‘They ate the whole bag:’ A variety of birds came calling when I put out oranges

“I need to pick up some more oranges today,” I informed my wife last Friday.

“You mean, the birds have eaten $8 of oranges in just five days?”

“Yup, with over 20 Western tanagers, about 10 Bullock’s orioles and a few others helping themselves, they ate the whole bag.”

We bought another bag of oranges, put two halves out for them and they were gone in less than an hour. With most of the sweetness gone, fights broke out between the male tanagers as they chased away the orioles and the female tanagers before fighting between themselves.

I had not planned on feeding the tanagers during their migration as they usually migrate through southeastern Idaho during mid-May. But they were about 10 days late and their migration coincided with the Memorial weekend storms. I had put out the oranges to attract the orioles and a few early hummingbirds, both usually stay and nest in my backyard, but the more aggressive male tanagers forced them to feed at the hummingbird feeders.

“Normal” is not the normal for this year. I rarely have more than a couple of tanagers show up at my home west of Rexburg and I usually must travel to the Kilgore area, north of St. Anthony, to watch their migration. The feeding habits of some birds are also strange this spring. I have never had Black-headed grosbeaks and House finches eat oranges. They usually feed on seeds, but this year I have pictures of both species feeding on the sweet offerings.

Two male tanagers decide that they will debate who gets first dibbs on a newly hung orange. | Bill Schiess, EastIdahoNews.com

The Western tanagers will migrate into the nearby mountains and high deserts to nest for the summer while the Bullocks orioles are more of a lowland type of nester. The orioles weave hanging basket nests in trees with thick foliage, which is only visible after the leaves have dropped. But they will visit your hummingbird feeders often as they raise their young near my backyard.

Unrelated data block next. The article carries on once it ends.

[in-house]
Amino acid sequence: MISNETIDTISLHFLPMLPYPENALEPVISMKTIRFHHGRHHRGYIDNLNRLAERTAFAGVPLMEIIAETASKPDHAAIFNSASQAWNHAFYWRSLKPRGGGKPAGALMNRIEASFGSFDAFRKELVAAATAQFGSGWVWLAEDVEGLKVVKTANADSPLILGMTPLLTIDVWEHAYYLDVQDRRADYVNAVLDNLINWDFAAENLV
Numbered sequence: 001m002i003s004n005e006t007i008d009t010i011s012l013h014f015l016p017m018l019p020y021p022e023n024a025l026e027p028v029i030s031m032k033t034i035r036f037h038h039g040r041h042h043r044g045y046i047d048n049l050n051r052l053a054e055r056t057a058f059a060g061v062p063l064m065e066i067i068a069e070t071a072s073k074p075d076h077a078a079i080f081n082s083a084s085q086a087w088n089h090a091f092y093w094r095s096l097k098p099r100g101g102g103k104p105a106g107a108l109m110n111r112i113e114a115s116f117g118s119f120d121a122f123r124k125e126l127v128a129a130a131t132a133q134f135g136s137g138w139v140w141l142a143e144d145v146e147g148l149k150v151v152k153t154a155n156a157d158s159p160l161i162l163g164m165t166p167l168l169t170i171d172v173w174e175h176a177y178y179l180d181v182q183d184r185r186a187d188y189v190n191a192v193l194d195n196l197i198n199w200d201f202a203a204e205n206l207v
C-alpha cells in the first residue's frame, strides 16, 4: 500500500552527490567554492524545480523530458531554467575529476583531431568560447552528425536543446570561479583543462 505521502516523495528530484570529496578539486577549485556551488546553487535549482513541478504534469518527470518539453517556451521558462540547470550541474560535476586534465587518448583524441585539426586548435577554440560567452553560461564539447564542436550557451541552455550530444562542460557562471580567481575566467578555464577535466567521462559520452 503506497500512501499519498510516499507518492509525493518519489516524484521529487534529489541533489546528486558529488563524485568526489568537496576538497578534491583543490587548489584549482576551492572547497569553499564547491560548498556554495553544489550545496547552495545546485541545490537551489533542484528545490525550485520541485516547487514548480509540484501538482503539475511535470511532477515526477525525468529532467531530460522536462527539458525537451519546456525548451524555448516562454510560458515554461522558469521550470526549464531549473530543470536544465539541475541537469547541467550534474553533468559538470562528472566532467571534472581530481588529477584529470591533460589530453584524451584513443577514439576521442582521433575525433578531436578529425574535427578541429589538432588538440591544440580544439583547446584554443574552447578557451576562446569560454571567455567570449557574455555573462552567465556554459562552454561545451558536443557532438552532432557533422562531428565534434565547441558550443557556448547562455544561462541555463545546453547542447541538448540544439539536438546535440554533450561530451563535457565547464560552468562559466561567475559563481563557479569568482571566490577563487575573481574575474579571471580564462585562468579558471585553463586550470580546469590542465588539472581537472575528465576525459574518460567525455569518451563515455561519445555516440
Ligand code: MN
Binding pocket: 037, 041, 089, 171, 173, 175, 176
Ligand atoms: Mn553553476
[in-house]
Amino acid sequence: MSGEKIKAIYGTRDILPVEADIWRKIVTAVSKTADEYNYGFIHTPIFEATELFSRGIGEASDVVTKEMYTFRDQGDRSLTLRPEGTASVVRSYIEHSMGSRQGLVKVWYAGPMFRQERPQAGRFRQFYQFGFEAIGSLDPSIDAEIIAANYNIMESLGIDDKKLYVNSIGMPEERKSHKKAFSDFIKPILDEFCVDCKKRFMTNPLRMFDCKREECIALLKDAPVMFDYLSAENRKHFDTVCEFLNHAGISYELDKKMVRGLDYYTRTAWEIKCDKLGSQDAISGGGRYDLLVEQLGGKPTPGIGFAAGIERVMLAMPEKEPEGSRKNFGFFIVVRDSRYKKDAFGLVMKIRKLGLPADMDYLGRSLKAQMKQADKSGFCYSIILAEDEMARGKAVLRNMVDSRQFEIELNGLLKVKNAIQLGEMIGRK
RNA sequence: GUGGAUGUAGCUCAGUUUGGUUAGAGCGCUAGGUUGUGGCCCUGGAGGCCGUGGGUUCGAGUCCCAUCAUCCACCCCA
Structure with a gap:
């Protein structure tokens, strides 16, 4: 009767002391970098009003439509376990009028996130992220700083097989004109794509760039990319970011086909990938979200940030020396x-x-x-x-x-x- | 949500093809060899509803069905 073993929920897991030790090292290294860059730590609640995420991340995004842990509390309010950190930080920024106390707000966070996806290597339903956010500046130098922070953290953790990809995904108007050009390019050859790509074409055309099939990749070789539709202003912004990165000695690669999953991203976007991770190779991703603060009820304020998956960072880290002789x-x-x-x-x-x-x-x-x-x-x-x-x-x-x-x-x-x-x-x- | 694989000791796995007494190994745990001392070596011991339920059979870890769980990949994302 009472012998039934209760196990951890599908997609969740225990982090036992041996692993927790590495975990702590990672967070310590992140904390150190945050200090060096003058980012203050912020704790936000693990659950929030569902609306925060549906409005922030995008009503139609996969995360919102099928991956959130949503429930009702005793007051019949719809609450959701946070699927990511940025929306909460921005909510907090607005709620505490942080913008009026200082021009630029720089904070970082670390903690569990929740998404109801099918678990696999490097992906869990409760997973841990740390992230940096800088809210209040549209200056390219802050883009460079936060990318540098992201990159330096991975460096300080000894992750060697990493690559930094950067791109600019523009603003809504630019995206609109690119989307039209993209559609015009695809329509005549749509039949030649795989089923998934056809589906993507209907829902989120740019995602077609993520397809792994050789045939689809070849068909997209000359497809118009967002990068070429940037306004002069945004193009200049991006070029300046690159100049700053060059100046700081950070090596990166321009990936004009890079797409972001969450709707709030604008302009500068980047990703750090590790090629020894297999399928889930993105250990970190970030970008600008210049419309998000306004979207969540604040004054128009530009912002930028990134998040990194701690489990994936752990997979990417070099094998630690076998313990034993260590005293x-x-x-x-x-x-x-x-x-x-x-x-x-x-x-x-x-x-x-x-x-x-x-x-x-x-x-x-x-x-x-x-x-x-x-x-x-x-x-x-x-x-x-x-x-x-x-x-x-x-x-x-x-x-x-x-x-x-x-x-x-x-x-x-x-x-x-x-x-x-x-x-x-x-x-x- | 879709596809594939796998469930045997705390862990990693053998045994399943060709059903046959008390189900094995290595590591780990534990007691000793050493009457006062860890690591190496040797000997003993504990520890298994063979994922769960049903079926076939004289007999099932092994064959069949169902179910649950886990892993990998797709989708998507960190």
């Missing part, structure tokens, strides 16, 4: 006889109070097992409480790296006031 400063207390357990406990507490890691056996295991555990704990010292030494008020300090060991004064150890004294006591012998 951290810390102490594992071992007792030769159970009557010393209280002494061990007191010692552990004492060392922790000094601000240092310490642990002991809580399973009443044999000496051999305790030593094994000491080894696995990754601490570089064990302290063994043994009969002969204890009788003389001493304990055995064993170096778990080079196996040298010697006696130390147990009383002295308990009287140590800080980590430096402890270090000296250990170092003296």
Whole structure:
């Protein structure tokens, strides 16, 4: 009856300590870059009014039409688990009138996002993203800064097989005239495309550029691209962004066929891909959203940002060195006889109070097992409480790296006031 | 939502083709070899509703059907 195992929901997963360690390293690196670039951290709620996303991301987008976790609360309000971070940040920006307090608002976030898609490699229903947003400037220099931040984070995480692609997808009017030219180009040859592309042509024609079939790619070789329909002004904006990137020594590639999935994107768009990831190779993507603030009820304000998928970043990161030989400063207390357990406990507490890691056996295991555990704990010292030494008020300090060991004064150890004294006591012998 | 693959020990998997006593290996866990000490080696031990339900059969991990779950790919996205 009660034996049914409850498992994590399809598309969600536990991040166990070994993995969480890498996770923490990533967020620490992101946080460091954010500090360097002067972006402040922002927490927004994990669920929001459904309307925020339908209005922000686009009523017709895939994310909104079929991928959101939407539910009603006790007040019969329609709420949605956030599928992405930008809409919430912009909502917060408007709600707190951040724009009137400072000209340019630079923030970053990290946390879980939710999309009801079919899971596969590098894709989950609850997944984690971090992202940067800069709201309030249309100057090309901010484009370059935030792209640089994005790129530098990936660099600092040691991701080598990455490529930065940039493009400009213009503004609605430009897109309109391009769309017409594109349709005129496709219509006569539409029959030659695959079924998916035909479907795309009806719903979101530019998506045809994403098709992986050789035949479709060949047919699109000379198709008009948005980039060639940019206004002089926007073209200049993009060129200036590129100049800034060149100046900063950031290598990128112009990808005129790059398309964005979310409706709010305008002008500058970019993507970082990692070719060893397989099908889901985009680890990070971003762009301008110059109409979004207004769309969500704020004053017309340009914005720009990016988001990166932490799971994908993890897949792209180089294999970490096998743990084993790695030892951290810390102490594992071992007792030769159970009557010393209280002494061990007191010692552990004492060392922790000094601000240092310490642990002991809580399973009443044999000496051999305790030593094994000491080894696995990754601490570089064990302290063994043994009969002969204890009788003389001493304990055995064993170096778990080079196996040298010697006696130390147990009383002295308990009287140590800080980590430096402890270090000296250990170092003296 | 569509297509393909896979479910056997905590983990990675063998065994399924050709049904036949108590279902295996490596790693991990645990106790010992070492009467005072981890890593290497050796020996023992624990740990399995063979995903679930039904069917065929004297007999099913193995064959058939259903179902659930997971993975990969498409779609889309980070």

By the middle of June, I will stop putting out the oranges to encourage the birds to move on to natural sweet foods and insects. Orioles will feed on the blossoms of flowering trees like flowering crabapples and will also feed on the ants that are attracted to sweet things.

I received several comments and pictures of birds showing signs of eye infections and other illnesses and were asked if it was the bird flu. It probably is not bird flu. There are several diseases that are associated with bird feeders because of the concentration of the birds.

About every two or three weeks, bird feeders should be washed with soap and water and then dipped in water with a 10% solution of household bleach. One part Clorox mixed with nine parts water will help protect the birds from most of the common diseases that are found in the area birds.

Part of the problem may come from the excess or unwanted feed spilled on the ground while the birds are feeding. Bargain bird feed that contains a lot of red millet usually ends on the ground, gets moist and molds, which causes diseases to flourish. Songbirds should not be fed on platforms because birds will mix it with their droppings, which usually carry all kinds of bad diseases. It is also recommended that all feed should be stored out of the rain to keep it fresh and clean.

Enjoy the beautiful colors of the fruit-eating birds while they are still here and let me know if you see any odd birds in your travels. Now is the time that many strange birds show up as they get caught in these wild storms that come every spring.

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